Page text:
Towards a Multipolar World

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The United States took over from the United Kingdom as the world’s most powerful nation in the early 20th century. Not only politically and militarily, but also culturally. In retrospect, the Cold War between Russia and the United States was a long period of stability and oversight. Thanks to mutually assured nuclear annihilation, they held each other in a vice-like grip. It seemed a bipolar world, but the communists were constantly seen as the second world (and the emerging markets as the third world), especially since the end of World War II, the United States has been the most powerful nation.

With Nixon and Kissinger’s first visit to China, the relationship between China and the Soviet Union changed. With China’s rapprochement with the United States, the Soviet Union was now on its own, which eventually led to the end of the Soviet Union and the fall of the wall. In the following years, the peace dividend was cashed in on the financial markets. There was no serious ideological or political challenger. The interwar period lasted until the September 11, 2001 attacks, with unsuccessful wars in Iraq and Afghanistan. During the same period, China’s economy grew strongly. Since the arrival of Xi Jinping and Trump’s presidency, there has been a clear anti-Chinese policy from the United States. Now, this is sometimes compared to a new Cold War, but that is unjustified. The United States and China are much more intertwined economically than the Soviet Union and the United States ever were. There is some talk of Chimerica, where US platform companies have outsourced manufacturing to China.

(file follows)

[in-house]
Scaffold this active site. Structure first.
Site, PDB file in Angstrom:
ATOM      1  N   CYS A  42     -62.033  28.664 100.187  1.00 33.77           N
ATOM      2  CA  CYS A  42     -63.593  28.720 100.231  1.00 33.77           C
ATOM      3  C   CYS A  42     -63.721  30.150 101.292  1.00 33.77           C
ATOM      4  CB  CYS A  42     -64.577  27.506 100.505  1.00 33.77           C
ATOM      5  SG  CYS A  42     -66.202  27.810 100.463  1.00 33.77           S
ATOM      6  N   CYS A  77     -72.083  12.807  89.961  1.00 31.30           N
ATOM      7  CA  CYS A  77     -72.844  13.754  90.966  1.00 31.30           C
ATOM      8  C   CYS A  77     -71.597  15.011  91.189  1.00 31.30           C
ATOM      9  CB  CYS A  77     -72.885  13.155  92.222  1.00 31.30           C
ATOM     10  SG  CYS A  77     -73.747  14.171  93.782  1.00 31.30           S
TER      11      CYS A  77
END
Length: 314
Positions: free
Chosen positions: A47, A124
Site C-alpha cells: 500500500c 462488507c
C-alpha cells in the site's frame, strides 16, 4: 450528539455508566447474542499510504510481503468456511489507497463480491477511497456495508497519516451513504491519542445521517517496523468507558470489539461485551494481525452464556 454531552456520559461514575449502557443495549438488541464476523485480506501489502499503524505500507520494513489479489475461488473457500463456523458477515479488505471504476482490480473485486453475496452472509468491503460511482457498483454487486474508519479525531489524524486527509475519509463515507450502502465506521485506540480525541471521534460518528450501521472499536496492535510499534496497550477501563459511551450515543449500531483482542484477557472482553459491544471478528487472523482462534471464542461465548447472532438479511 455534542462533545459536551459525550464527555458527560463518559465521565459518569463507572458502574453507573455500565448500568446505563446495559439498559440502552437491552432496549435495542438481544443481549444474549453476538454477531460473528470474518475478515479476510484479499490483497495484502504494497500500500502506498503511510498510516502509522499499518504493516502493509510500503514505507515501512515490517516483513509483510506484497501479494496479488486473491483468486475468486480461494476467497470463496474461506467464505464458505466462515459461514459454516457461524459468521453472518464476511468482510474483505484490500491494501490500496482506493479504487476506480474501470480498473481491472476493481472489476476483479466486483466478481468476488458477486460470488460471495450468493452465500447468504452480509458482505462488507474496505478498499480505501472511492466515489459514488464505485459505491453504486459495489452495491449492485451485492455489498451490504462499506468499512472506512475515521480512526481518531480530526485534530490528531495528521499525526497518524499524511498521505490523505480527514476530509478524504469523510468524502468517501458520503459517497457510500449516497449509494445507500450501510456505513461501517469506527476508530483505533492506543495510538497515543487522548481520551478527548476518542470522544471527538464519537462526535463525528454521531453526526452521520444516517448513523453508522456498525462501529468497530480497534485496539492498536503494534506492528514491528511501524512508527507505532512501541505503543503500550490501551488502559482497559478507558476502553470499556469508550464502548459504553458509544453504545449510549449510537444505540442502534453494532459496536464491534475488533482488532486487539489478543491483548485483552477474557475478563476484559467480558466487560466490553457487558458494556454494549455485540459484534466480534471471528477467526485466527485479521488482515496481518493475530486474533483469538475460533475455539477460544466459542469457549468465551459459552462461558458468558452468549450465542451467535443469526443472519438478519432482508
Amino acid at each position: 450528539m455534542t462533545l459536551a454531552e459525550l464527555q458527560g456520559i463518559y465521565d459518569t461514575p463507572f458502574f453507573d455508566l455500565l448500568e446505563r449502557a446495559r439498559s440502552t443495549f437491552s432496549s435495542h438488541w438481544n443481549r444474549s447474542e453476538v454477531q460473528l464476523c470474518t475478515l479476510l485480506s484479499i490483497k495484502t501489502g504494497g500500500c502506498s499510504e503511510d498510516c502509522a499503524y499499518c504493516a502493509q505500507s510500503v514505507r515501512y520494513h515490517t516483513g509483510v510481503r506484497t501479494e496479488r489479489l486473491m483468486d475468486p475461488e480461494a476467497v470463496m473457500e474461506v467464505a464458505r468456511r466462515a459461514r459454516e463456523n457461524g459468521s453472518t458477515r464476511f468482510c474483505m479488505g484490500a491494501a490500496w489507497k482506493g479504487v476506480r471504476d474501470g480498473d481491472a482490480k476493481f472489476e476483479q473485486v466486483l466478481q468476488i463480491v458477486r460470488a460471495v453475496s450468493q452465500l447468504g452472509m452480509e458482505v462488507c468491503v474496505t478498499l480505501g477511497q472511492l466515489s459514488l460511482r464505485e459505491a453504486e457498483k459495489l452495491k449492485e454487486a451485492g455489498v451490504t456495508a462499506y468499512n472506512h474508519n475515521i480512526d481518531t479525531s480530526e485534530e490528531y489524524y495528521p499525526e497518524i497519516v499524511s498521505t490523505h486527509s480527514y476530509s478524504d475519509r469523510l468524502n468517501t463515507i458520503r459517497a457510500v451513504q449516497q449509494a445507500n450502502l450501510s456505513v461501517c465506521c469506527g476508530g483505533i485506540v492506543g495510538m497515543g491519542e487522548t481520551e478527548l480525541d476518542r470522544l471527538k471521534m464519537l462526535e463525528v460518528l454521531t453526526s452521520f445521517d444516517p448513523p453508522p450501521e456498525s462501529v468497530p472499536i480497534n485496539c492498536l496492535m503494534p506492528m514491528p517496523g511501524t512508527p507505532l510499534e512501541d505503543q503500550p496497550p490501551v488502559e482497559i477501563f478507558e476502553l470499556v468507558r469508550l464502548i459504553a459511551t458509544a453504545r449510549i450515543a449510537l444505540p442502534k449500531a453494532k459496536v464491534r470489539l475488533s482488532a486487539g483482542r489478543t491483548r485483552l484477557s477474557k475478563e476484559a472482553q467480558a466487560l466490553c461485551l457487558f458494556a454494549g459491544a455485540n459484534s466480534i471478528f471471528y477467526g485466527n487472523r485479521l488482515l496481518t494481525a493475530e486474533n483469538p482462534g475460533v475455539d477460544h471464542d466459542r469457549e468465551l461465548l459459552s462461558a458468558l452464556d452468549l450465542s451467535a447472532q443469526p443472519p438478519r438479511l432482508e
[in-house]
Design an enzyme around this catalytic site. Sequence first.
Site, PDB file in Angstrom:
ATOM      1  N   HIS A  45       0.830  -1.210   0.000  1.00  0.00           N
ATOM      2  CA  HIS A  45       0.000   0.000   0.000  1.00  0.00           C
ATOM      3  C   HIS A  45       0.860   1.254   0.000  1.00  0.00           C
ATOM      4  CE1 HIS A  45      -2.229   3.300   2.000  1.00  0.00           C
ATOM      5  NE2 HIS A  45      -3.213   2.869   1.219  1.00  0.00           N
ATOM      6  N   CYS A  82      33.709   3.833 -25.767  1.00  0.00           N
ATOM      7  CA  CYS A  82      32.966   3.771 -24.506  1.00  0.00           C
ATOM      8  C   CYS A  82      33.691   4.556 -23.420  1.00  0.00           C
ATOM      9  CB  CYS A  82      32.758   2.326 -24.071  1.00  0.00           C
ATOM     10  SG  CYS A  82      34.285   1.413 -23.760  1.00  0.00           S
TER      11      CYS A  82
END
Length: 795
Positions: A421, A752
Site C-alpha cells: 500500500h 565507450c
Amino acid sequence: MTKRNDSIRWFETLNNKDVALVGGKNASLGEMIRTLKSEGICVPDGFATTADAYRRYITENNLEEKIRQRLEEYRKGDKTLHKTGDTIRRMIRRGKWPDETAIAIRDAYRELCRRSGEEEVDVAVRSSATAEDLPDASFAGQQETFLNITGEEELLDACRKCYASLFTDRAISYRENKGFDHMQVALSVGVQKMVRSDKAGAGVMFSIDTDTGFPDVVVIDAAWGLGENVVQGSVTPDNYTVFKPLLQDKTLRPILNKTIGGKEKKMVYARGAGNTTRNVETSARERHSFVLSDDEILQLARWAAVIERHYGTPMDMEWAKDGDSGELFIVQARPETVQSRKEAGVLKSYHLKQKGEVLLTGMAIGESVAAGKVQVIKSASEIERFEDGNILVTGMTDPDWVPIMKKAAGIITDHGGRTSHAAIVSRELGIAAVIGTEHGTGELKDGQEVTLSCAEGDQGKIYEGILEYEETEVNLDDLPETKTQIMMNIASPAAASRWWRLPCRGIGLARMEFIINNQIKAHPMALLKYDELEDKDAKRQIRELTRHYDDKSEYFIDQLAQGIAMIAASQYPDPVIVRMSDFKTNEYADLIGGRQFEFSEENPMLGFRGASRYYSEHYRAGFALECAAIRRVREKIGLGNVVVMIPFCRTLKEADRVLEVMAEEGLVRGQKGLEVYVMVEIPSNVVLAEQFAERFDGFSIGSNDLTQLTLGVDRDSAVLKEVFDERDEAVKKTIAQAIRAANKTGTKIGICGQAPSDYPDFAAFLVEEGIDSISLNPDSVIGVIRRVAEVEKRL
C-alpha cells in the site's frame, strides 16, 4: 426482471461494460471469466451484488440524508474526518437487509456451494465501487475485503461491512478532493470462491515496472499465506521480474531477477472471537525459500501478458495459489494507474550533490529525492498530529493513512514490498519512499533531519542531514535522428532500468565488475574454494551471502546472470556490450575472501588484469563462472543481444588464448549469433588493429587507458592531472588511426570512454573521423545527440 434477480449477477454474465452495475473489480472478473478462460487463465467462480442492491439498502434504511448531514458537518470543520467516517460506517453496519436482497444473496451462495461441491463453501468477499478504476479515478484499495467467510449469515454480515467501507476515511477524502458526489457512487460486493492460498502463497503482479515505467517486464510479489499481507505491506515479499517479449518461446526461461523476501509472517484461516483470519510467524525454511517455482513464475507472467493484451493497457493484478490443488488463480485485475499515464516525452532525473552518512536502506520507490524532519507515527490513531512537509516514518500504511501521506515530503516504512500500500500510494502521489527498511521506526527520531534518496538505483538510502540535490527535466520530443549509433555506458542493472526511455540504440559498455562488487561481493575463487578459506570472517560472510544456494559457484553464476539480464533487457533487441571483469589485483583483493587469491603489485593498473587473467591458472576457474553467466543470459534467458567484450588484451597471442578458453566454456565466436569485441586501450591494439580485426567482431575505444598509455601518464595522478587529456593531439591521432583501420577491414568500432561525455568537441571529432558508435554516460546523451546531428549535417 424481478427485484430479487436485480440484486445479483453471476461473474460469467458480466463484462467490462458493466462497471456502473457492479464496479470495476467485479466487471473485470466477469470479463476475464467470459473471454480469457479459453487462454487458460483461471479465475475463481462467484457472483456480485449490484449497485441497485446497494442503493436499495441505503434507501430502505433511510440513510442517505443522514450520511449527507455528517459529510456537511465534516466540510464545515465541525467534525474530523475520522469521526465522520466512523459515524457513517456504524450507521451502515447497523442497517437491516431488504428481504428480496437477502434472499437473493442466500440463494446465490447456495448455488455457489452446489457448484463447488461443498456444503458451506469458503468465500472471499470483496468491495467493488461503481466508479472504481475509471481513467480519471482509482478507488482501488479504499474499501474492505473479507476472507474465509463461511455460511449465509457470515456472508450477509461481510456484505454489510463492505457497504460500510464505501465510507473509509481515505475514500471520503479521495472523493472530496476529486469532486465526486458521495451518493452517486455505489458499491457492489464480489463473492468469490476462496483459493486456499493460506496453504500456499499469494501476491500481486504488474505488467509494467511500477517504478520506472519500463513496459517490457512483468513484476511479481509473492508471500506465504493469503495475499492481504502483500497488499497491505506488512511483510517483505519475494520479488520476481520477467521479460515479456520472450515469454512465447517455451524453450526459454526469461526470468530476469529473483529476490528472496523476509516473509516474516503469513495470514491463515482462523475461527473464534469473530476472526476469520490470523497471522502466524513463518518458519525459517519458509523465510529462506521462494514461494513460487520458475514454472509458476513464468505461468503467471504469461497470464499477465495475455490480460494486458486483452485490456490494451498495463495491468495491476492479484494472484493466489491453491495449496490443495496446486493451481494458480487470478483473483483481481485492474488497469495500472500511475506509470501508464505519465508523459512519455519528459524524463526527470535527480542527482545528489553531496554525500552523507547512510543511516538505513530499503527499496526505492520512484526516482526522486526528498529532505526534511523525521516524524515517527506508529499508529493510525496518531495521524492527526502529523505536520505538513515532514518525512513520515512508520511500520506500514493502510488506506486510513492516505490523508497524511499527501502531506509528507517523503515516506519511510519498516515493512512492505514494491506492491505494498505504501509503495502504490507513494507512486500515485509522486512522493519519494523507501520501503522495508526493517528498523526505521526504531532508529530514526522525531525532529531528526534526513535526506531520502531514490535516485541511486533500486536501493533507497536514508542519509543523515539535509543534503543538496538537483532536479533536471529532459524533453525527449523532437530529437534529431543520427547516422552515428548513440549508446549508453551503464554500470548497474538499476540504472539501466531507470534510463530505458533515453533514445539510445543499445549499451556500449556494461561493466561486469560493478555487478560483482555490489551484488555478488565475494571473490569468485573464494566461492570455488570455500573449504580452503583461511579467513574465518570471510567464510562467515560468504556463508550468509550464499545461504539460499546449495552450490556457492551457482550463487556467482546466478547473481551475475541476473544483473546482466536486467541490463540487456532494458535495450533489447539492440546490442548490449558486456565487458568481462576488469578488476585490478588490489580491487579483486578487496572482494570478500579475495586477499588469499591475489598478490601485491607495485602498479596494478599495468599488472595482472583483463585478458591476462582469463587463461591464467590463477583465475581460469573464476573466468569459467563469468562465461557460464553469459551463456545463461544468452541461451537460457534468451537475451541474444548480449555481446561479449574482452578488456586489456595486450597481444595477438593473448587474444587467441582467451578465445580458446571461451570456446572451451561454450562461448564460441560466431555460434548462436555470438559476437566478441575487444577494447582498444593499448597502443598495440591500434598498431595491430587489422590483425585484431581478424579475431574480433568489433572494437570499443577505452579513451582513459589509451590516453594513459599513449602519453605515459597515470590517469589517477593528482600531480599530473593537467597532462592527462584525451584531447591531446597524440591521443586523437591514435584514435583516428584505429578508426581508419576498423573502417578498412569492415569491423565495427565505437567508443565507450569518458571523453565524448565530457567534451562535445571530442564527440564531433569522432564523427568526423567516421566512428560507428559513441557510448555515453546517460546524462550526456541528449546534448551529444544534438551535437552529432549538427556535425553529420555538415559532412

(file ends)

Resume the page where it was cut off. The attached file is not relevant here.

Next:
Since the Great Financial Crisis, China has wanted to be less dependent on the United States and the US dollar. The Chinese were spooked by the impact of a systemic crisis in the United States on the Chinese economy. Several programmes emerged through which China wanted to become less dependent on the United States. Probably the best known is Made in China 2025. Besides more emphasis on self-sufficiency, China also wants to rebalance the economy from a typical Asian export-led growth model to a more self-sufficient consumer-oriented growth model. China aspires to have the largest possible middle class in the world with an olive-shaped income distribution: few rich and few poor, but with a large broad middle class. The Chinese fear the instability and populism created in the rest of the world by the disappearance of that same middle class. On a purchasing power parity basis, the Chinese economy is now 20 percent larger than the US economy and will eventually be larger in dollar terms than the US economy in the coming years. At almost the same time (2027), the economy of India, will overtake the economies of Japan and Germany, becoming the third-largest economy (in purchasing power parity, even the second) in the world. The centre of gravity of the global economy will then definitely be in Asia.